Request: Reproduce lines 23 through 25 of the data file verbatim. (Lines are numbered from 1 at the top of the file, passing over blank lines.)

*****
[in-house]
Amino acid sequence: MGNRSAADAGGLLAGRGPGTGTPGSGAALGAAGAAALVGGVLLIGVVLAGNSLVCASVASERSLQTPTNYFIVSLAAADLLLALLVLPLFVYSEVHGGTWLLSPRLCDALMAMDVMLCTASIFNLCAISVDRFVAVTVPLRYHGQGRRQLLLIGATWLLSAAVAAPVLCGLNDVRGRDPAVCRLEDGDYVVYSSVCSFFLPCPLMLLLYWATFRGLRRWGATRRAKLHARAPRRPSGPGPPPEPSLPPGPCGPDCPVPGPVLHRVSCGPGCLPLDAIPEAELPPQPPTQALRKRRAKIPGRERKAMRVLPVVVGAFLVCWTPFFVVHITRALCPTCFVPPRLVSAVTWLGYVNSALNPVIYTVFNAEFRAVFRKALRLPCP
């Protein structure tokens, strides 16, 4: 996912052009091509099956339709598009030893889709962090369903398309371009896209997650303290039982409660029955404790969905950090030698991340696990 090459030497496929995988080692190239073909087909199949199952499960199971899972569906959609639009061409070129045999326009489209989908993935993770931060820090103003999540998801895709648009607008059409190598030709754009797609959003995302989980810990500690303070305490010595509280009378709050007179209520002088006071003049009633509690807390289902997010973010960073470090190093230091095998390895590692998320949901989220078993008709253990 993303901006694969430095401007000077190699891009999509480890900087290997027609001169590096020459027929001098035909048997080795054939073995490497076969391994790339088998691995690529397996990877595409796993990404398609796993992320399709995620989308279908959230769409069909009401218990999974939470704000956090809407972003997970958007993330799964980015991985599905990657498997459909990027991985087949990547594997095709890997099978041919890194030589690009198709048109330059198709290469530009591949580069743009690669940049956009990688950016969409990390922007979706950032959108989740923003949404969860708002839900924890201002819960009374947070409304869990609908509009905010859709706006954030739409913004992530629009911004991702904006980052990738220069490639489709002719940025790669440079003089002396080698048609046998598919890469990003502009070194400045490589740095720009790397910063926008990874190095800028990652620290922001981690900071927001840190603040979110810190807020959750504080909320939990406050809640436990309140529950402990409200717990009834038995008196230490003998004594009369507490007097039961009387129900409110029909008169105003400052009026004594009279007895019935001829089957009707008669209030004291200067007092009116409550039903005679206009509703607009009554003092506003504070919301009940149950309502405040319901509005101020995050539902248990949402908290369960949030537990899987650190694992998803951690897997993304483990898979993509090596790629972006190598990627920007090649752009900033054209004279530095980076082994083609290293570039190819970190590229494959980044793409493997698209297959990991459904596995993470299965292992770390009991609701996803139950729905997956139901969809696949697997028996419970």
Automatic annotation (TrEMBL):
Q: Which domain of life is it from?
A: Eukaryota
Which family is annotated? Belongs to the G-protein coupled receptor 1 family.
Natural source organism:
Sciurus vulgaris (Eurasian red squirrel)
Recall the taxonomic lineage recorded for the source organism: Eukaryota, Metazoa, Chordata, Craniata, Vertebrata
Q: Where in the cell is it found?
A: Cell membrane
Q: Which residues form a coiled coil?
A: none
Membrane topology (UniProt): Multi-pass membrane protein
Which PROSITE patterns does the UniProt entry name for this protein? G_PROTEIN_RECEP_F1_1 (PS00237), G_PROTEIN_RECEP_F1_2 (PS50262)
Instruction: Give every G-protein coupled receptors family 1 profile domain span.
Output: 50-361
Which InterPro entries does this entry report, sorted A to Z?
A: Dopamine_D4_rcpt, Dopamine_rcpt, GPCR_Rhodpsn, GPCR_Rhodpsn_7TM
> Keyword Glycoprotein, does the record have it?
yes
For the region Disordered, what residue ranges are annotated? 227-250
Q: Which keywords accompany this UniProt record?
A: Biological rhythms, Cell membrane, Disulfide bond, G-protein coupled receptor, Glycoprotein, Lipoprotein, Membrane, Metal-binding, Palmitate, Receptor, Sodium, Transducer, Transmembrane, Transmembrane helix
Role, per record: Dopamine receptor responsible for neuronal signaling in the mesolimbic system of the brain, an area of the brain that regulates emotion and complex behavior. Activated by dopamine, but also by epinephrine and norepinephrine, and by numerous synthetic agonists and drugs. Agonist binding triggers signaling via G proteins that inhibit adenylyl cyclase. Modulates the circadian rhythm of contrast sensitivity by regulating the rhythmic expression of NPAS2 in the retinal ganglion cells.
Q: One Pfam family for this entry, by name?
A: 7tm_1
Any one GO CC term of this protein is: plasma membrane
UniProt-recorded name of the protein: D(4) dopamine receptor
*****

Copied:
For the region Disordered, what residue ranges are annotated? 227-250
Q: Which keywords accompany this UniProt record?
A: Biological rhythms, Cell membrane, Disulfide bond, G-protein coupled receptor, Glycoprotein, Lipoprotein, Membrane, Metal-binding, Palmitate, Receptor, Sodium, Transducer, Transmembrane, Transmembrane helix